When it comes to hospital and treatment centres, teenagers and young people facing cancer have a unique set of needs. Where a young person is treated will most likely depend on their age. If you’re a young adult, you’ll go to an adult hospital. However, teenagers can be sent to either a children’s hospital or an adult facility.
What hospital you go to may also depend on where you live or even what type of cancer you have. Not all hospitals offer cancer treatment, so you may have to travel, especially if you live in a regional or rural area.
Some Australian hospitals have dedicated units or wards especially for teenagers and young adults with cancer, staffed by specialist medical teams. Talk to your local Youth Cancer Service for more information.
Some young people end up in hospital very quickly once they are diagnosed. Depending on the hospital, you could be in your own room or sharing a ward with others. As well as wards, hospitals generally have other areas you can hang out in like lounges and gardens.
Most people stay in hospital at least a few nights initially, and some for longer. If you are staying in hospital for a long period for treatment, some things you can do to make it more comfortable include:
- Bringing in familiar things from home such as photos, posters, your pillows and doonas.
- Inviting visitors, or if you don’t feel up to it, posting a “do not disturb” sign.
- Getting online to stay in touch with friends, keep people up-to-date via social media, or check out other cancer stories.
- Catching up on the books you’ve been meaning to read, the DVD series you missed, or even work if you have the energy.
You could start as an inpatient for the initial period and surgery if needed, and then move to being an outpatient for treatment.
It can be helpful to try and connect with friends, extended family and school or work mates. Unfortunately, some people may not visit. If this happens, try and not take it personally as hospitals make some people uncomfortable. Instead, staying in touch by talking on the phone or chatting only might be a better way for maintaining relationships.
- Oncologist – a doctor specialising in cancer. There are three varieties of these:
- Medical Oncologist – diagnoses and treats patients (including chemotherapy)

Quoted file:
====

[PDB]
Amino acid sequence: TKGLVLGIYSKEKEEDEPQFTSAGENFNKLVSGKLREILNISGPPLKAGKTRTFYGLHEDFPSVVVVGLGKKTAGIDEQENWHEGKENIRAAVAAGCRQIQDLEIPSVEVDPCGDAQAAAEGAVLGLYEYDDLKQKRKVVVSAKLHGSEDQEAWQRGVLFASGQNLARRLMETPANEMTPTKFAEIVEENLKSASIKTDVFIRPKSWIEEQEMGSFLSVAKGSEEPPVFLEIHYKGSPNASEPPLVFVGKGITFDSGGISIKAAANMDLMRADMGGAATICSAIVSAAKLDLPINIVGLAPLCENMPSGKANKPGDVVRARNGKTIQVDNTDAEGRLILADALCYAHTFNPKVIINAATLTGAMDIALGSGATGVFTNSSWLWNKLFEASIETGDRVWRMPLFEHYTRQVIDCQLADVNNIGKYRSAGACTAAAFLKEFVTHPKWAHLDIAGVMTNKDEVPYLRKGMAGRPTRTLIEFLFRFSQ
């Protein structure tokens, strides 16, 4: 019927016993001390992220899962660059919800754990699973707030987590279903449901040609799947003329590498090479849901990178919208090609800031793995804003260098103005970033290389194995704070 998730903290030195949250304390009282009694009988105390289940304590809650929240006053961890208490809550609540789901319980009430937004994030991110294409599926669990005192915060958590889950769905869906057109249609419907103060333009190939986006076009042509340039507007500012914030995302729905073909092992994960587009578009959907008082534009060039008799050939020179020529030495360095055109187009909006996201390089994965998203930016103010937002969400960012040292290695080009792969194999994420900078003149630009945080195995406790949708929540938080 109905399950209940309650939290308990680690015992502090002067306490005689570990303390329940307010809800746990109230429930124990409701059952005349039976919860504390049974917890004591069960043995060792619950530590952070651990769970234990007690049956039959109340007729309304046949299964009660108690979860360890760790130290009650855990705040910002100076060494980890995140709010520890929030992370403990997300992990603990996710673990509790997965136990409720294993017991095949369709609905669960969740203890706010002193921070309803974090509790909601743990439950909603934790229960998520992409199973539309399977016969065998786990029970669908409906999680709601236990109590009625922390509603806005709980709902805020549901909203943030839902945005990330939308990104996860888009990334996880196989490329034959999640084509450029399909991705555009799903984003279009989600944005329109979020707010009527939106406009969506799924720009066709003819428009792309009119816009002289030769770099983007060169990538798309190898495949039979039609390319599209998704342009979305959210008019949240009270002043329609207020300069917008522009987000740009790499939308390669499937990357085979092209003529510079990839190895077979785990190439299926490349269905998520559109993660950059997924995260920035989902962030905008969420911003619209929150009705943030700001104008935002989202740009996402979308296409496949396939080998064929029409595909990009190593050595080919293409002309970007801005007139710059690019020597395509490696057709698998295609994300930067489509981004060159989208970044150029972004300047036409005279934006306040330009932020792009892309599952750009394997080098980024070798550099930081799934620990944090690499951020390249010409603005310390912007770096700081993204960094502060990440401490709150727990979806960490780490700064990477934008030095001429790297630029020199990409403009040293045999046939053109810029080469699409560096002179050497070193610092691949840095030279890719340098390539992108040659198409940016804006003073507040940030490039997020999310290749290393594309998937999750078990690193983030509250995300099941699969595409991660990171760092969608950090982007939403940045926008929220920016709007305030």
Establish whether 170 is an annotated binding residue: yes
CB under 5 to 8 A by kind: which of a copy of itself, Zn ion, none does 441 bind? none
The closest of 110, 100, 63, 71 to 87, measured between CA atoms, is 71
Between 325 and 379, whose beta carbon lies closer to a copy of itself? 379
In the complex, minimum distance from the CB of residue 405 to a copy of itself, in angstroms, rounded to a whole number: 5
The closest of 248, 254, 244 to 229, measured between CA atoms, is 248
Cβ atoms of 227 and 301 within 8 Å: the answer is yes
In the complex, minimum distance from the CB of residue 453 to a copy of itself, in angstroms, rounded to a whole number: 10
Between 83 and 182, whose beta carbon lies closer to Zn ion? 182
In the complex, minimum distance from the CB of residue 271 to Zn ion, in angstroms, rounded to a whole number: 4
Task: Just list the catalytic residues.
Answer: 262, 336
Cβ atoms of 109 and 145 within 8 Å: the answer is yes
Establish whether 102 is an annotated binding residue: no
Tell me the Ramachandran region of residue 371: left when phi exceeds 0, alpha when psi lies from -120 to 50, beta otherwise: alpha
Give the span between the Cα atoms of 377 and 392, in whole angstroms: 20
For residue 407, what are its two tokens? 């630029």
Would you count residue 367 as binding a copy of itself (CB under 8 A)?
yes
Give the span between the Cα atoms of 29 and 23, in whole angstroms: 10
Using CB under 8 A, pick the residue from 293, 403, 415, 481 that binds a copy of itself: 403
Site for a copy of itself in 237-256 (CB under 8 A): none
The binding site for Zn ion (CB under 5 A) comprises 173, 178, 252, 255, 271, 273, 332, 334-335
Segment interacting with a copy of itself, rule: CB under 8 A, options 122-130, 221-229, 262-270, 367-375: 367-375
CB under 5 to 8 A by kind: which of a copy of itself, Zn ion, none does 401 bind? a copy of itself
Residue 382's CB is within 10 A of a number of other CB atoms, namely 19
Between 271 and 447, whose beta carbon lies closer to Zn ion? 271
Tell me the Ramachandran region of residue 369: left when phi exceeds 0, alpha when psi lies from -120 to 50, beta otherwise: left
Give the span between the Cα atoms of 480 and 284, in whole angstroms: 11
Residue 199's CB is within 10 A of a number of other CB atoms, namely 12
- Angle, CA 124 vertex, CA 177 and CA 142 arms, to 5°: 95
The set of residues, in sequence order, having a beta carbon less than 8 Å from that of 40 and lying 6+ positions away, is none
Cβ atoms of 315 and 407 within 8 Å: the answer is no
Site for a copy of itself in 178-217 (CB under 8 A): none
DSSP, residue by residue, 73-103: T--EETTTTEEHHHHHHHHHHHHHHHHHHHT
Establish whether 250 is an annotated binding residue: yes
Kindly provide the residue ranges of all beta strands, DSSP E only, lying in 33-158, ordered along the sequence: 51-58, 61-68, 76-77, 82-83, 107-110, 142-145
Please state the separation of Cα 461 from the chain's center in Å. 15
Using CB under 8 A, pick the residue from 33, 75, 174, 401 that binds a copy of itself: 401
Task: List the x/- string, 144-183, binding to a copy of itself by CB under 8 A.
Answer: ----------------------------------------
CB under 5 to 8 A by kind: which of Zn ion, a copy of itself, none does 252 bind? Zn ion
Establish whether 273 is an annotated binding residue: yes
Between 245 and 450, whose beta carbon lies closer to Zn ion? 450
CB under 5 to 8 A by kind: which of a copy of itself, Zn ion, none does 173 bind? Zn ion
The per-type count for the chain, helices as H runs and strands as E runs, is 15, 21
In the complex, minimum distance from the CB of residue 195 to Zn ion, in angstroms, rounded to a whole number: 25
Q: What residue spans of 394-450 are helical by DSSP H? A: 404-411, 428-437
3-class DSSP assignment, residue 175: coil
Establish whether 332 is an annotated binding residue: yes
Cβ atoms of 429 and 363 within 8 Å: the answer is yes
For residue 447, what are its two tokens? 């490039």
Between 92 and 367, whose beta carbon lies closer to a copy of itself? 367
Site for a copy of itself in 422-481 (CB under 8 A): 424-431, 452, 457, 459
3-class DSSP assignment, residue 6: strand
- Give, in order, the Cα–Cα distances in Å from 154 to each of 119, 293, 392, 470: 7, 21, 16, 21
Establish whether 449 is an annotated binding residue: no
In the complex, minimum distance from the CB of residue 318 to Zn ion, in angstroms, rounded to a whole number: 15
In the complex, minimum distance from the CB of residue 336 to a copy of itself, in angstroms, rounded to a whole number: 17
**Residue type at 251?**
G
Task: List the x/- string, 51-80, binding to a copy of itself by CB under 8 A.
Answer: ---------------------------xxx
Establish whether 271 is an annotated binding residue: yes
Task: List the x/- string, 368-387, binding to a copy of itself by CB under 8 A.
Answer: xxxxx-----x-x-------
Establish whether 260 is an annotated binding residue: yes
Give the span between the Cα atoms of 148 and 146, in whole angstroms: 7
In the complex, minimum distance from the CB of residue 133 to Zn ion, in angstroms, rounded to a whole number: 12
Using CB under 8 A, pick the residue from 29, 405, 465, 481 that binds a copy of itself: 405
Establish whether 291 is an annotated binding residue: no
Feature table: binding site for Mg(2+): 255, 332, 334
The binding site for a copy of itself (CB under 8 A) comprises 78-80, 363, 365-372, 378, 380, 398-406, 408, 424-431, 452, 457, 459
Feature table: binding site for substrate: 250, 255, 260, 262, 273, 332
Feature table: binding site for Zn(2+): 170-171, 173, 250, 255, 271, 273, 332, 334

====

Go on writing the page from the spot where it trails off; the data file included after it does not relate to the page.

- Radiation Oncologist – will decide if a patient needs radiation therapy and look after this process
- Surgical Oncologist – specialises in using surgery to remove cancer
- Haematologist – a doctor specialising in blood diseases including lymphoma or leukaemia
- Consultant – a doctor who has completed their specialist training
- Registrar – a doctor who is completing their specialist training
- Resident/Intern – a junior doctor who will work with the Registrar
- Radiologist – looks at and interprets your x-rays, MRIs and CAT scans
- Nurses – they can also have different roles:
- Registered Nurse (or RN) – a “regular” nurse who provides care in hospitals
- Oncology Nurse – a registered nurse who has specialist training in cancer care
- Cancer Care Coordinator – a nurse who is the main point of contact for cancer patients and their families, who will help liaise with your medical team
- Social worker – a health professional who can support patients and families with emotional, social and practical support, information, counselling, navigating the health system, and making connections to other support services
- Clinical psychologist – a trained therapist who can assist with the psychological aspects of dealing with cancer
There may be also be people like physiotherapists, music therapists or dietitians who are there to help with some of the challenges or side effects of treatment. These people can form what is called a multidisciplinary team (or MDT) – a team of professionals from all different areas (or disciplines) working together to make sure each young person is getting the best possible care. In hospitals there are also liaison people such as ATSI liaison officer for Indigenous Australians.
You may also be wondering about what to ask the people who are taking care of you. We have various resources with questions to ask your treating team.
The Cancer Council has information in several languages and a translation service on 131450. Redkite can also connect you with an interpreter service. Most public hospitals will provide access to interpreter services, and your hospital social worker will know more about this.
Depending on your cultural or religious background, you might be worried about having private consultations with a doctor. You can request a male or female doctor or take a family member or friend with you.